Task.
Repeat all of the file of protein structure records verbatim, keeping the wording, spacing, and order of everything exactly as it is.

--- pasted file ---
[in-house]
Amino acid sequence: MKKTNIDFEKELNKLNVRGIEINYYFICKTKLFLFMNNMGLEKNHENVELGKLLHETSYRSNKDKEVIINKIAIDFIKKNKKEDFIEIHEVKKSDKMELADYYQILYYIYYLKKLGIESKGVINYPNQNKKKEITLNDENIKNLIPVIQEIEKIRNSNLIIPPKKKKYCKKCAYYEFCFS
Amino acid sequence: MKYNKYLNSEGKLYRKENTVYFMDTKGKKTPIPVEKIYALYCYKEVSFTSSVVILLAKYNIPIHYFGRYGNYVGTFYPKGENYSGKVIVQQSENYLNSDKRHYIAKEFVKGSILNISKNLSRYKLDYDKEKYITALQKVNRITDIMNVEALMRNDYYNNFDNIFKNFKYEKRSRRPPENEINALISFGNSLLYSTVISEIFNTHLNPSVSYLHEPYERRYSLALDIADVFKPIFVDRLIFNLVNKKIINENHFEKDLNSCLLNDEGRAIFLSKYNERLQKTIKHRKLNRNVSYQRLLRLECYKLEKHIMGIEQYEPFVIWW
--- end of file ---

[in-house]
Amino acid sequence: MKKTNIDFEKELNKLNVRGIEINYYFICKTKLFLFMNNMGLEKNHENVELGKLLHETSYRSNKDKEVIINKIAIDFIKKNKKEDFIEIHEVKKSDKMELADYYQILYYIYYLKKLGIESKGVINYPNQNKKKEITLNDENIKNLIPVIQEIEKIRNSNLIIPPKKKKYCKKCAYYEFCFS
Amino acid sequence: MKYNKYLNSEGKLYRKENTVYFMDTKGKKTPIPVEKIYALYCYKEVSFTSSVVILLAKYNIPIHYFGRYGNYVGTFYPKGENYSGKVIVQQSENYLNSDKRHYIAKEFVKGSILNISKNLSRYKLDYDKEKYITALQKVNRITDIMNVEALMRNDYYNNFDNIFKNFKYEKRSRRPPENEINALISFGNSLLYSTVISEIFNTHLNPSVSYLHEPYERRYSLALDIADVFKPIFVDRLIFNLVNKKIINENHFEKDLNSCLLNDEGRAIFLSKYNERLQKTIKHRKLNRNVSYQRLLRLECYKLEKHIMGIEQYEPFVIWW